Humphrey has tried earn the $4,900 for the 23-day trip, but is short about $2,500 for the trip to Australia on June 24.
She filled out the paperwork for a $5,000 bank loan earlier this week, but did not immediately turn it in.
As a student ambassador, she would explain how the United States government works to Australia and New Zealand students and adults in exchange for learning about them. The program's ultimate goal is to aid world peace.
Humphrey also would have a chance to earn college credits and scholarships on the trip.
If she goes, she will explore national landmarks, meet foreign leaders and temporarily live with a host family to learn more about the country and culture.
She has asked local businesses for funds in the past several months but has been unsuccessful. She said most seemed to feel that if they offer her money, they'd have to give money to everyone.
Her mother, Michelle Vining, held a pig roast fund-raiser with a live bluegrass band May 13, but it rained, only 22 people showed and the event did not break even.
"When this thing went wrong (my mother) cried for hours because she really wants me to go," said Humphrey, who plans to attend Shippensburg University in the fall and would like to be a pediatrician.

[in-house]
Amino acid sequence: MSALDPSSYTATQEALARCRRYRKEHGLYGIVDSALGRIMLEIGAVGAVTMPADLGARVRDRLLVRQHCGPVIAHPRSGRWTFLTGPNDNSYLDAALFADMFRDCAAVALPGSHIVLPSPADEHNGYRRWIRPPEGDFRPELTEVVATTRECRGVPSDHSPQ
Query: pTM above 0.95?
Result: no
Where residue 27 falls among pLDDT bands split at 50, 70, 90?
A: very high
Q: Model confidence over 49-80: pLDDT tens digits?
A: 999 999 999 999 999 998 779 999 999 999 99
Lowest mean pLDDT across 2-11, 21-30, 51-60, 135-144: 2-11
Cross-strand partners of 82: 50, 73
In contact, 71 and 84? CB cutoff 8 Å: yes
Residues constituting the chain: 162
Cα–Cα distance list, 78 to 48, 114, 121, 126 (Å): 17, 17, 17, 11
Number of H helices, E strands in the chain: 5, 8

"I guess in the end, I know everything's going to turn out all right with my life, even if I don't get everything I want. Nobody gets everything they want," she said.
Vining said her daughter will be hurt if she can't be one of the 15 people from Maryland, West Virginia and Pennsylvania to go on the trip , but she knows Humphrey will be strong.
"My daughter is one of the most confident people I know," Vining said. "Don't tell her she's not going to do it. She's going to do it if it's possible. I told her this is near impossible and she said, 'Mom, I'm not going to give up until the end.'"
If Humphrey can't go, she said she will survive, just like her mother would.
"When times are rough, she's really been strong though it all," Humphrey said. "I think I get a lot of that from her."